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ORIGINAL ARTICLE Table of Contents   
Year : 2013  |  Volume : 10  |  Issue : 2  |  Page : 65-67
Histopathological review of breast tumours in children and adolescents in Delta State Nigeria


1 Department of Pathology, Central Hospital, Warri, Nigeria
2 Ambrose Alli University, Ekpoma, Nigeria
3 University of Benin Teaching Hospital, Benin, Nigeria

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Date of Web Publication15-Jul-2013
 

   Abstract 

Background: Breast swellings in children and adolescents may be overlooked on assumption that they are physiological enlargement. Pathologic swellings including cancers have however been encountered in this age group. This study highlighted the spectrum of tumours in childhood and adolescents. Materials and Methods: This was a 7 year retrospective analysis of all histologically diagnosed breast tumours in people aged 0 - 19 years. Results: There were 134 breast tumour diagnoses occurring in 133 females and 1 male (gynaecomastia). One hundred and nineteen cases (88.8%) were recorded in the 10 - 14 year age group and 15 cases (11.2%) in the 15 - 19 year age group. No case was found in children aged less than 10 years. The most common tumour was fibroadenoma accounting for 75.4% (n = 101) of all tumours followed by tubular adenoma (n = 11; 8.2%) and adenosis (n = 10; 7.4%). No case of malignancy was recorded in this study. Conclusion: Fibroadenoma is the most common breast tumour in children and adolescents in our environment.

Keywords: Adolescents, breast tumours, childhood, fibroadenoma

How to cite this article:
Nwachokor F, Igbe AP, Forae GD. Histopathological review of breast tumours in children and adolescents in Delta State Nigeria. Afr J Paediatr Surg 2013;10:65-7

How to cite this URL:
Nwachokor F, Igbe AP, Forae GD. Histopathological review of breast tumours in children and adolescents in Delta State Nigeria. Afr J Paediatr Surg [serial online] 2013 [cited 2019 Nov 14];10:65-7. Available from: http://www.afrjpaedsurg.org/text.asp?2013/10/2/65/115022

   Introduction Top


The breast is the commonest site for malignancy in women. [1] A wide range of tumours including those derived from specialised breast intra-lobular stroma may occur in the breast. Breast tumours however, are rare in childhood and adolescents. [2],[3],[4],[5] Most breast swellings in this age group are physiological enlargement associated with puberty, hence, they may be overlooked on assumption that they are peri-pubertal physiological changes. Pathologic swellings including neoplasms however, have been reported in this age group.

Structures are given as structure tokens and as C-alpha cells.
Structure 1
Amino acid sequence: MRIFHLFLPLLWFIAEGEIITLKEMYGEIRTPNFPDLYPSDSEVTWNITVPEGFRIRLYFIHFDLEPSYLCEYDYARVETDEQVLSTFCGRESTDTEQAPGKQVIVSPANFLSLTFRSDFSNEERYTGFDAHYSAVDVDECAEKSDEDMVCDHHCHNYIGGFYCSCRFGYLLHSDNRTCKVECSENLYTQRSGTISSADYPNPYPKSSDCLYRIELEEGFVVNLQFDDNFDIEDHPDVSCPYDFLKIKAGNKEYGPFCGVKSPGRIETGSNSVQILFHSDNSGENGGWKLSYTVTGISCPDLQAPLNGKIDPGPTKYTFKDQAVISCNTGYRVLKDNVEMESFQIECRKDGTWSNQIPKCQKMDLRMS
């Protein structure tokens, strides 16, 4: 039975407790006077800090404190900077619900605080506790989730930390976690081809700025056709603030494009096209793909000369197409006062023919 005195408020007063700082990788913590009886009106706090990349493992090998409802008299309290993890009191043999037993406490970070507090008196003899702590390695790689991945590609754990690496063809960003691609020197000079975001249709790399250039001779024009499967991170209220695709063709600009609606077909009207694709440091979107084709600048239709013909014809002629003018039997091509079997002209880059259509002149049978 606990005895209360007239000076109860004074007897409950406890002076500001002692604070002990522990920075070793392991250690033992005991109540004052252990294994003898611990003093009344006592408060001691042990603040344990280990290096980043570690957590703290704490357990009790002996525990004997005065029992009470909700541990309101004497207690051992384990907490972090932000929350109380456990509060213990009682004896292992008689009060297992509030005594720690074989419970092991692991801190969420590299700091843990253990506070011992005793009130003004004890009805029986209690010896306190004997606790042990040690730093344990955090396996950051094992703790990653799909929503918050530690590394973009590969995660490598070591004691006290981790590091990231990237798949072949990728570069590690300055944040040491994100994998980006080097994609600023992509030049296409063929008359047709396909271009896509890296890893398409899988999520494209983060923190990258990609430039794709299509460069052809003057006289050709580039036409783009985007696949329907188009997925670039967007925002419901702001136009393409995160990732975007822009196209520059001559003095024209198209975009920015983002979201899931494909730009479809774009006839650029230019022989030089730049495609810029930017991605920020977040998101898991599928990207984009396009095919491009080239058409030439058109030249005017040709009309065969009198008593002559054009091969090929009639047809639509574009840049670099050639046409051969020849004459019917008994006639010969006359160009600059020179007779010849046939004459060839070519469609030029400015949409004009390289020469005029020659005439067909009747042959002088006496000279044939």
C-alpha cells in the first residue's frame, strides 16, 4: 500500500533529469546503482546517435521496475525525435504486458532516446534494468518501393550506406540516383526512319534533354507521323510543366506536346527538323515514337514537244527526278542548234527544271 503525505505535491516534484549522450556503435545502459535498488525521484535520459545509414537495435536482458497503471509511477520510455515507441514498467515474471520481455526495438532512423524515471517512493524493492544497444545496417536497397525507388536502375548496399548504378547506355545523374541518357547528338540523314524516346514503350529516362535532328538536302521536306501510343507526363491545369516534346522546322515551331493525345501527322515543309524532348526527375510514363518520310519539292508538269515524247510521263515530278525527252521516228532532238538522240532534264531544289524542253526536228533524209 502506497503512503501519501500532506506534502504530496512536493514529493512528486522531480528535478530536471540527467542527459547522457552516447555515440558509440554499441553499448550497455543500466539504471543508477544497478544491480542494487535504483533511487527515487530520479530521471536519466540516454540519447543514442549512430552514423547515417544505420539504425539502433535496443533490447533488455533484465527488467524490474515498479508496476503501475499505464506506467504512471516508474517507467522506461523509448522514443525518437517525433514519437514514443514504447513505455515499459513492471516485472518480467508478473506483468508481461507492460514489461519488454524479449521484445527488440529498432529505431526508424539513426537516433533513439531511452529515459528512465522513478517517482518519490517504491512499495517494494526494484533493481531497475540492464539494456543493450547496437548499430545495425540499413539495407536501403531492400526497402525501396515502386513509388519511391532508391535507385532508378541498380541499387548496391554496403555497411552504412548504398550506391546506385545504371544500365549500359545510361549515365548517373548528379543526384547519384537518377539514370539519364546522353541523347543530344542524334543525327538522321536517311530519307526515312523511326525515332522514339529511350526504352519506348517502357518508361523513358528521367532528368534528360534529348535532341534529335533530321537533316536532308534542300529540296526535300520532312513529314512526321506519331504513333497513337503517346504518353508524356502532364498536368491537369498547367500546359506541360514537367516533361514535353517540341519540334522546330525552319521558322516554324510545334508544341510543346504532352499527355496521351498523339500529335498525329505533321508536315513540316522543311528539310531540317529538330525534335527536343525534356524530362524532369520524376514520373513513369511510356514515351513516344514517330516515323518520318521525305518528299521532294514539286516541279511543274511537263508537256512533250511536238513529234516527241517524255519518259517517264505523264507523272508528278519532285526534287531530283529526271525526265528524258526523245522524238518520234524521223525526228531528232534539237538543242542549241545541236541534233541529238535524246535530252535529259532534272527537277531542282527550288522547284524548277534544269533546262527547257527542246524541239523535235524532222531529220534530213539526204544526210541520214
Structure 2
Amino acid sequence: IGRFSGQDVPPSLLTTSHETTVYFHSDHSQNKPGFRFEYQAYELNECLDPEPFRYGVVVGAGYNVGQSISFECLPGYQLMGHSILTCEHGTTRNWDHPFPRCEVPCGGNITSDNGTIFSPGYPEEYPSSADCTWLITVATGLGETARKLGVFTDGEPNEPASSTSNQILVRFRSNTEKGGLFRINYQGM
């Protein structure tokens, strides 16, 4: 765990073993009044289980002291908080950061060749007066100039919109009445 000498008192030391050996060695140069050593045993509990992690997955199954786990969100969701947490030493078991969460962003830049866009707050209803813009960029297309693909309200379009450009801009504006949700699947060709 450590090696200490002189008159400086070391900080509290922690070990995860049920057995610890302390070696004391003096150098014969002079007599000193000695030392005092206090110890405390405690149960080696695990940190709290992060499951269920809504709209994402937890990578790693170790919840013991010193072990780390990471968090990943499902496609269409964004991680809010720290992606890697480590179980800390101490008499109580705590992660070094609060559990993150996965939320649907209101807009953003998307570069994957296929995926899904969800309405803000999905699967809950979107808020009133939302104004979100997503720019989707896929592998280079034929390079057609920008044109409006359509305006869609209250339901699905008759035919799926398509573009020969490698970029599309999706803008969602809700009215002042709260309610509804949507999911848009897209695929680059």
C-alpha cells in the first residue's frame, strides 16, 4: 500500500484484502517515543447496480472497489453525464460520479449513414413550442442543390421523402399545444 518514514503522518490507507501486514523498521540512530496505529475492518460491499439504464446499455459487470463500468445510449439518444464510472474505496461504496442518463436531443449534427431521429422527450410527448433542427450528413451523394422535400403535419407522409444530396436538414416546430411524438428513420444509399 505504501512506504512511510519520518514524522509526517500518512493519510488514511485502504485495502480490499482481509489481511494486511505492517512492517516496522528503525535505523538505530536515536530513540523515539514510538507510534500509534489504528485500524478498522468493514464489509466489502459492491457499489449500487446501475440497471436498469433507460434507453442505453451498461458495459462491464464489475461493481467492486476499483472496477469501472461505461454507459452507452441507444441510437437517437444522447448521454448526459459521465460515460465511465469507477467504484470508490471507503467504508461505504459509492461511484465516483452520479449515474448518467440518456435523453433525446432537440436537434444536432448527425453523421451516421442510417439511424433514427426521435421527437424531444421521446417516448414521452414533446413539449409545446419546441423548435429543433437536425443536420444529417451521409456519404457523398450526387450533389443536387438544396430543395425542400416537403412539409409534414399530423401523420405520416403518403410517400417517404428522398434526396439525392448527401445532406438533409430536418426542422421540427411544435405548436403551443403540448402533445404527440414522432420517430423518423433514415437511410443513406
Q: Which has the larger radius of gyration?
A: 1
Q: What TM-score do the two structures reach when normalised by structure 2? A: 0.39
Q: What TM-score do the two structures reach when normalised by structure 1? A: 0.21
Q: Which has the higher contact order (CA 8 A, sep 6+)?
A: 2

The purpose of this study is to document the various histological types of tumours of the breast in children and adolescent as seen in our environment.


   Materials and Methods Top


This study was a retrospective analysis of all breast tumours in people aged 0-19 years as seen in the histopathology laboratory of Central Hospital, Warri, Delta state of Nigeria. The hospital is the only centre in Delta state offering histopathology services. Therefore, it is a major referral centre for histopathology services from government and privately owned hospitals in the state and its environs. The study spanned the 7 year period of 2005-2011. The cases for the study were identified and extracted from the histopathology register in the hospital. All specimens were formalin fixed, paraffin embedded, and sectioned at 3-5 microns before staining with haematoxylin and eosin. The result obtained were analysed in respect of age, sex, and tumour type. The study included both neoplastic and non-neoplastic tumours. Inflammatory swellings were however, excluded from the study. The tumours were classified according to the World Health Organization (WHO) histological classification of breast tumours. [6]


   Results Top


A total 905 breast tumours were diagnosed at the Hospital during the 7 year period of 2005-2011 out of which 134 cases occurred in children and adolescents. These occurred in 133 females and 1 male. [Table 1] shows the age distribution of the various lesions encountered in this study. One hundred and nineteen cases (88.8%) were found in the 15-19 year age group while the rest (15 cases, 11.2%) were found in the 10-14 year age group.
Table 1: Age distribution of childhood and adolescent breast tumours

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Fibroadenoma was the most common single histological entity accounting for 75.4% (n = 101) of cases. Epithelial tumours were the other common lesions encountered and these were made up of 11 cases of tubular adenoma and 10 cases of adenosis (florid adenosis - 8; blunt duct adenosis - 1; sclerosing adenosis - 1). Other uncommon lesions were 3 cases of adenomyoepithelioma, 2 cases each of angiomatosis, fibromatosis, pseudoangiomatous stromal hyperplasia and benign phylloides tumour. Only 1 single case of male breast tumour was encountered and that was a gynaecomastia.


   Discussion Top


Tumours are rare in children; malignancies are even rarer and tumours derived from the breast are not included among the commonly encountered tumours in this age group. [7] Enlargement of the breast, however, is a common phenomenon in both boys and girls especially in the peri-pubertal period. This enlargement is physiological, occurring in response to estrogenic stimulation. [5],[8]

Previous studies on childhood tumours reveal an increasing incidence of benign tumours with advancing age while malignant tumours decreased with advancing age. [9] In this study, all the cases encountered were benign with a clear demonstration of increasing incidence with advancing age with no recorded case in those aged less than 10 years.

Fibroadenoma, a fibroepithelial tumour derived from breast intra-lobular stroma, is the most common benign tumour of the breast and it is most frequently encountered in women aged less than 30 years. [9] In this study, this tumour accounted for over 75% of all breast tumours in children and adolescents. This finding is similar to several others which reported this tumour to be the commonest adolescent breast tumour. [2],[5],[10],[11] All the cases in the present series were also encountered in the adolescent age group. The high incidence of this tumour in this study is not surprising, as the tumour is reportedly more common in blacks. [12] Only 2 cases of phylloides tumour, the other fibroepithelial tumour derived from breast intra-lobular stroma, were encountered in this study. Umanah et.. al.,[2] also found only 4 cases of phylloides tumour in a 10 year review of adolescent breast tumours in Benin City, Nigeria. In contrast to fibroadenoma, this tumour is reported to be most common in the sixth decade of life. [9]